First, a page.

I was struggling with a decision I had to make. With all my conscious mind, the choices truly seemed equally plausible. So my mind wasn’t making it clear. When people would say, “What does your heart tell you?” I realized that my heart was failing me as well. I am usually pretty in tune with my instincts, but this time I was not getting any direction with that either. For all intents and purposes, I just couldn’t figure it out.

We did the usual therapeutic things. We talked about how the pressure to decide things was purely internal for me. There were no outside forces that were pressing me to figure things out. It was just my usual over-analyzing, intensely feeling self that was keeping me awake at night and feeling anxious through the day. We discussed my self-concept and all that stuff. It appeared during the first half of the session, that I needed to be comfortable with not making a decision. I sat with that for a while and “tried on” being okay with it. I was surprised by my ability to do it.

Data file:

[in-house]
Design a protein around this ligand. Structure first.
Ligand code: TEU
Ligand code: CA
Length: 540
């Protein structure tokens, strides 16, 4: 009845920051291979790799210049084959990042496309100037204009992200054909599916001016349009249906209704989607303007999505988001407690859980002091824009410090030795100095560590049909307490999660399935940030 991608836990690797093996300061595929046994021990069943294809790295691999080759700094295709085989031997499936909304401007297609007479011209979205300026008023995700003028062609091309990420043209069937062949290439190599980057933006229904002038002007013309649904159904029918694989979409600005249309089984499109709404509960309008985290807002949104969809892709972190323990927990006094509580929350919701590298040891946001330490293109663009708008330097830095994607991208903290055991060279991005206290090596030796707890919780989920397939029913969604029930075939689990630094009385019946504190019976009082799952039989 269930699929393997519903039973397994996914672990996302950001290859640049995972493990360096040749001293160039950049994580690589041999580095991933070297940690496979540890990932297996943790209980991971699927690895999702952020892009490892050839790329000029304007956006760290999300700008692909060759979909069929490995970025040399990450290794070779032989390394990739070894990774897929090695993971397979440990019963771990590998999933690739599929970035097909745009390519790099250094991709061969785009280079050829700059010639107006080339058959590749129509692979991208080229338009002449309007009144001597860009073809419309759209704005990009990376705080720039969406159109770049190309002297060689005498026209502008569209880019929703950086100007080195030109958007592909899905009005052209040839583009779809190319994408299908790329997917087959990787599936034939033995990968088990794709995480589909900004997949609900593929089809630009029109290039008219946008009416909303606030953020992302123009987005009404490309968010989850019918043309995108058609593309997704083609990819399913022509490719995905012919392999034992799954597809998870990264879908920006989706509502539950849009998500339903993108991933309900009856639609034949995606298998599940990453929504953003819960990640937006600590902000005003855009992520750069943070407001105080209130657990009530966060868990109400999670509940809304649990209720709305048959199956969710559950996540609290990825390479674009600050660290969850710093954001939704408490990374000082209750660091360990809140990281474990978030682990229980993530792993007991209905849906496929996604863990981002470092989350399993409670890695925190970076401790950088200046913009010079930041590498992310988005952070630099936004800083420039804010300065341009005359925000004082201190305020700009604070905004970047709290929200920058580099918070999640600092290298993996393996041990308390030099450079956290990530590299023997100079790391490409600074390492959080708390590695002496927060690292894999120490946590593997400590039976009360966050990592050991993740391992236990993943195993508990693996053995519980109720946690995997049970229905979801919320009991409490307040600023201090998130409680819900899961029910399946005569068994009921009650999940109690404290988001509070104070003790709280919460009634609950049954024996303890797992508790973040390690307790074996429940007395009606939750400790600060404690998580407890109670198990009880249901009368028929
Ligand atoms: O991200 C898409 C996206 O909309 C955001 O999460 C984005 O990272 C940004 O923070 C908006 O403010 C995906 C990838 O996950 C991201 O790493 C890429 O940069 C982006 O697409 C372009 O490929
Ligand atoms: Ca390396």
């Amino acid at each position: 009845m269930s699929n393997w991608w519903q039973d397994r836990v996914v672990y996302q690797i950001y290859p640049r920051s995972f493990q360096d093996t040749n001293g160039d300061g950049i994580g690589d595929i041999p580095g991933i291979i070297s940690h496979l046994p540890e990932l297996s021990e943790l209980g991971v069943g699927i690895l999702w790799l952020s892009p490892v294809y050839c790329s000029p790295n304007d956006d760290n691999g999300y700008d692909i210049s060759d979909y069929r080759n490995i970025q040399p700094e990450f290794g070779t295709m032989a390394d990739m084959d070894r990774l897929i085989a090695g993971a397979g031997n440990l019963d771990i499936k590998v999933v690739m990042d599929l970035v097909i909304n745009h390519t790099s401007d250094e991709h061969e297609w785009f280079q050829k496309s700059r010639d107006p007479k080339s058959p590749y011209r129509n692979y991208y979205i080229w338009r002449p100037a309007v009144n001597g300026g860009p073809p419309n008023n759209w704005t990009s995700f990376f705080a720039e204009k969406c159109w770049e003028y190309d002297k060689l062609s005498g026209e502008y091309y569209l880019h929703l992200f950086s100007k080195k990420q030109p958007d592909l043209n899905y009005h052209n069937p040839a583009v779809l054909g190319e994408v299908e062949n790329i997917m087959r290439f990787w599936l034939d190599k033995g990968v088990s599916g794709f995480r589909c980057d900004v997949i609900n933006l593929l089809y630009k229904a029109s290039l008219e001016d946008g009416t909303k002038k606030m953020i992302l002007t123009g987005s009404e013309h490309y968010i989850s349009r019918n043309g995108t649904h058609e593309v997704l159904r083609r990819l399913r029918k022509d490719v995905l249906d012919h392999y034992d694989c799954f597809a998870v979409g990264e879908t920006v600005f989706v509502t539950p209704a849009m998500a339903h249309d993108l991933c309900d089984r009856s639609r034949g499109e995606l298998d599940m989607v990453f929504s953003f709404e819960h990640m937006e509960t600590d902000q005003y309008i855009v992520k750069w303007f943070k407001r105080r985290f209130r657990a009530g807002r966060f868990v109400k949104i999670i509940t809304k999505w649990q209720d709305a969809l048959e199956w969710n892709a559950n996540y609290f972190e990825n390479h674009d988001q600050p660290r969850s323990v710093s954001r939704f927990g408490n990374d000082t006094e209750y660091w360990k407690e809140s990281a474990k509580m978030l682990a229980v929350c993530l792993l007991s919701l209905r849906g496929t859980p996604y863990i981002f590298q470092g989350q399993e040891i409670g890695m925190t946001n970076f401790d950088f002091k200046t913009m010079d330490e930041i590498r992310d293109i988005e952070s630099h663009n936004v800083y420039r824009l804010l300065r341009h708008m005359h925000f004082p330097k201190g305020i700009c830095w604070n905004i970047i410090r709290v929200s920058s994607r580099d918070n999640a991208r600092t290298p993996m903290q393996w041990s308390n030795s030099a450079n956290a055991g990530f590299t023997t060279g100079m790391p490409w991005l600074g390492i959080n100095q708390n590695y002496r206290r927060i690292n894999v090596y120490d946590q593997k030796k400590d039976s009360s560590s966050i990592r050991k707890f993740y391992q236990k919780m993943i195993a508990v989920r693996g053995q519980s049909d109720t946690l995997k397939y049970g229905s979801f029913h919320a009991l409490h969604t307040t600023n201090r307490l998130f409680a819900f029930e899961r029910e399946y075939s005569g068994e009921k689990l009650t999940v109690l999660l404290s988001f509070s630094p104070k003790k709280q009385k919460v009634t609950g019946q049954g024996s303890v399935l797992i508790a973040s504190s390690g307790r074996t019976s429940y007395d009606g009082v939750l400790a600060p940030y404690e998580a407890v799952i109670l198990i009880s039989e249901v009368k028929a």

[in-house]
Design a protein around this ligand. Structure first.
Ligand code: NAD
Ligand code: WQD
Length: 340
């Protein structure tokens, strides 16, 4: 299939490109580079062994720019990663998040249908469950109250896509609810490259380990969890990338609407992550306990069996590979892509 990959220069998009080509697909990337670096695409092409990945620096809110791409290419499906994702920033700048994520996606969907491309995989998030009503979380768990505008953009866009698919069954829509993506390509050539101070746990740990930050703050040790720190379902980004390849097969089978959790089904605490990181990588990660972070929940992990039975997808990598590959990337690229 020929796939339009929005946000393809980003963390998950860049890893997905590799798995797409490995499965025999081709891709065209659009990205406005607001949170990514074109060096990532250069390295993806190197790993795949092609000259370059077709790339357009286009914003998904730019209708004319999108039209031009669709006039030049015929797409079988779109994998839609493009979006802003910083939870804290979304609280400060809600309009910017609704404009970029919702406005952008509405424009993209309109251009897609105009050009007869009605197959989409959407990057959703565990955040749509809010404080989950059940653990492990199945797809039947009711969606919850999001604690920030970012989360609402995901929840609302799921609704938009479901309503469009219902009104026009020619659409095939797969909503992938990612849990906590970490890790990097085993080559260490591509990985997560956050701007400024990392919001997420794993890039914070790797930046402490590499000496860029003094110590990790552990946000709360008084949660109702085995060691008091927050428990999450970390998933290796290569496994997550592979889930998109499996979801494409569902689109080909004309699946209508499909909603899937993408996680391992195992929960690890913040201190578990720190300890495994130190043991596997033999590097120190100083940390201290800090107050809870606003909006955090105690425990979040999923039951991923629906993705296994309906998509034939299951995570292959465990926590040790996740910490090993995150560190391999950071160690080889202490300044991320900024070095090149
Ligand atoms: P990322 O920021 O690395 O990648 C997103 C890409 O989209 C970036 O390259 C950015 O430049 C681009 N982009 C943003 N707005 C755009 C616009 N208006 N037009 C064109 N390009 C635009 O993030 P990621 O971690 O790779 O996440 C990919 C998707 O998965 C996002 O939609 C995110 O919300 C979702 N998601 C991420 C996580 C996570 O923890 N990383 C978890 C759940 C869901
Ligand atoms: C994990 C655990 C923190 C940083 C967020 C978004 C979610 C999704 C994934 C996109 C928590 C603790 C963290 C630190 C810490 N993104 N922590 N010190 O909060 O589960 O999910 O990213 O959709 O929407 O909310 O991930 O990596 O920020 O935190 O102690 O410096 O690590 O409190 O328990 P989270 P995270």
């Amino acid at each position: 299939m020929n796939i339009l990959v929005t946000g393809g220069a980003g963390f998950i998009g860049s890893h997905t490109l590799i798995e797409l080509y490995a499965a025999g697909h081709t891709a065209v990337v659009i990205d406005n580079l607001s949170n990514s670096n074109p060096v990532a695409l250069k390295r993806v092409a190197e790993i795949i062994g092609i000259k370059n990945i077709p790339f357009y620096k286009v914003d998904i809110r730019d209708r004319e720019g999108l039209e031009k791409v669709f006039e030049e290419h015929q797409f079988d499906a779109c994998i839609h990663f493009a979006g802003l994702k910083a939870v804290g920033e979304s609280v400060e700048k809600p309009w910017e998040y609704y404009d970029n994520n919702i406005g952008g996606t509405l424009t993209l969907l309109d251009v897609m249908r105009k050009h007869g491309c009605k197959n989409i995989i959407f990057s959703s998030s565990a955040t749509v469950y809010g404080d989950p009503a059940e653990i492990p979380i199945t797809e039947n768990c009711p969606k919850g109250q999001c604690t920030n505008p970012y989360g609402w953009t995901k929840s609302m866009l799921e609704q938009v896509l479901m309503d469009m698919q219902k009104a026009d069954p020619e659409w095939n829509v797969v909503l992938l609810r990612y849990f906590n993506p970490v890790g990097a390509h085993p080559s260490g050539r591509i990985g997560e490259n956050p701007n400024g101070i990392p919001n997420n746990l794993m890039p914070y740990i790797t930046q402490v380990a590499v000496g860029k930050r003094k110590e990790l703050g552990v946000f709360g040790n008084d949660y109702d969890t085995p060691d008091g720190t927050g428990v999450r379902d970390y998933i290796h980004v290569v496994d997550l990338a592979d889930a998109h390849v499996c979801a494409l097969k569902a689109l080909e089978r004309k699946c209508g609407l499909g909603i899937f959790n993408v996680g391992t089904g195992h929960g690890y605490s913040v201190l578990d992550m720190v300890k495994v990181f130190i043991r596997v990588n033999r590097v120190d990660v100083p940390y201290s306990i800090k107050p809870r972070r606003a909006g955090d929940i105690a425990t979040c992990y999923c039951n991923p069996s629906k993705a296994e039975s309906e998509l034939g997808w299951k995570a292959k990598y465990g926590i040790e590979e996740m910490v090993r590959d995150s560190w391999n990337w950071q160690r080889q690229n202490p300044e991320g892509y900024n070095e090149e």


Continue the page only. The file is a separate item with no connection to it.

Later on though, things shifted again. As we continued to process things, Ellen said she remembered a powerful intervention she saw at a lecture she attended. She left the room and came back with a nickel.

She said when things are truly equal, you really can just toss a coin. Either decision would be fine and no matter where the coin lands, it will be okay. So she said “Heads will mean this, tails will mean this,” and she tossed it in the air. Before she revealed the coin, she looked at me and said “Tell me what you are thinking in this exact moment.” And I blurted out without hesitating what I thought my decision should be.